As Harvard Law School’s Labor and Worklife Program Executive Director Sharon Block said to me in an email: “I don’t think we can be limited in our thinking by what can get through Congress now — nothing can. We need to be using this time to come up with the big new ideas to develop a bolder progressive vision for the future — and then work to create the conditions necessary to implement that vision.” The problem here is that with this future fast approaching, not even the inventors of the technologies have a real answer. This is why there is an urgent need to bring policymakers, academics and business leaders together to brainstorm on solutions and to do grand, global experiments.

The Dark Side of Rapid Change

Global trade and investment have been great engines of progress for much of the world. Over the past two decades, poorer countries reduced the gap between themselves and their richer counterparts for the first time since the Industrial Revolution, in no small part because of the opportunities opened by global trade. Technology has the same transformative potential in industries as varied as energy, health care, transportation and education. Inventions that are imminent or already here could transform the lives of billions of people for the better.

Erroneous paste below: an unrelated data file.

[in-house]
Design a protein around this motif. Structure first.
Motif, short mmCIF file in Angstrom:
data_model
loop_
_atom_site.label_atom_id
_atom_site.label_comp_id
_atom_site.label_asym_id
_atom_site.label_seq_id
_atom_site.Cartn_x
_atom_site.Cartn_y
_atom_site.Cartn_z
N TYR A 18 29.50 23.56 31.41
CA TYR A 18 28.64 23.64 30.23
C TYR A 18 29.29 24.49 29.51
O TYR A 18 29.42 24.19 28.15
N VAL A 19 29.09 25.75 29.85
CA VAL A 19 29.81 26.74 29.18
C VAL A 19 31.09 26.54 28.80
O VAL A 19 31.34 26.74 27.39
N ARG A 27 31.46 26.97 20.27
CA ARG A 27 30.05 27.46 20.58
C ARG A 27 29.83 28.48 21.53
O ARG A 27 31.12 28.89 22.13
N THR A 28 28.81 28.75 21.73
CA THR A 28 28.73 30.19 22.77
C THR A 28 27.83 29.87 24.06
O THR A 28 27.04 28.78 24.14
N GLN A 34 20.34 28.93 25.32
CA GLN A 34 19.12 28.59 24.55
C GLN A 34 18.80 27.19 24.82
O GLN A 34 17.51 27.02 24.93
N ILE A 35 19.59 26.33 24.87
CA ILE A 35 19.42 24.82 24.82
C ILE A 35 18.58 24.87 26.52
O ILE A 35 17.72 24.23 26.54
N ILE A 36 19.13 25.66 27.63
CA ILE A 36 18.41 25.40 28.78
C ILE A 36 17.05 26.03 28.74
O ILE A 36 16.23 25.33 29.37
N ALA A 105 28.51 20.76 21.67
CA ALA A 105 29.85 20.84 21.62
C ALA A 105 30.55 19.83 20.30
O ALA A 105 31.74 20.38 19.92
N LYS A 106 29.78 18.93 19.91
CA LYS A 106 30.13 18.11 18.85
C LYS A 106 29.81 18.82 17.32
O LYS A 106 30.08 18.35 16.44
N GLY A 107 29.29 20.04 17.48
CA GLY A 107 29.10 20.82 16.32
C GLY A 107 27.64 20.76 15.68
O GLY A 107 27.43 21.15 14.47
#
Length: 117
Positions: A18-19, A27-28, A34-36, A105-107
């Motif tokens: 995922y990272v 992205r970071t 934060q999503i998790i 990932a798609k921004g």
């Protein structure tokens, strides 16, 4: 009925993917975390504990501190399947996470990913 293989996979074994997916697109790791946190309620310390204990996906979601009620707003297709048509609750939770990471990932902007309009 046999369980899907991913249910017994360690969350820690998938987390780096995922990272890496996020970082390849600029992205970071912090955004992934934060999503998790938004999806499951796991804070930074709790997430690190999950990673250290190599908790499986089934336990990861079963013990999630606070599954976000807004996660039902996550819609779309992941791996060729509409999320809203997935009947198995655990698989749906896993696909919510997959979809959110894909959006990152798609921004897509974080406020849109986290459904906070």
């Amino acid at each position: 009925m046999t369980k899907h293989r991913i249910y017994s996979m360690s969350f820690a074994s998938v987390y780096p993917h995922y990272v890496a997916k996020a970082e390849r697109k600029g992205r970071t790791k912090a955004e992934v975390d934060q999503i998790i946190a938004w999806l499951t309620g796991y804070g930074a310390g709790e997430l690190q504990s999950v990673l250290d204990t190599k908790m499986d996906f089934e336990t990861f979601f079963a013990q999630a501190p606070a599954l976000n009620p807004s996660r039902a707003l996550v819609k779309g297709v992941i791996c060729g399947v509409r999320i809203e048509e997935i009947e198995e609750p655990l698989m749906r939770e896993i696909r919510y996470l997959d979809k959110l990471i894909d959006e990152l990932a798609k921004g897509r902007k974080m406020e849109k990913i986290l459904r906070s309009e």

Yet, as we see in the 2016 U.S. election campaign, and as we have seen in Europe and elsewhere, rapid change has a dark side. If too many people are unable to adapt quickly and successfully to these changes, they will push back – blaming trade or immigrants or the elites – and demand a reversion to a simpler time.

The task of governments is to help people manage these transformations so that they benefit many and do as little harm as possible. In the U.S., governments mostly failed at that task during the era of globalization; if the full benefits of the coming technologies are to be enjoyed, governments will have to do much better this time around.

See also: ‘Interactive Finance’: Meshing with Google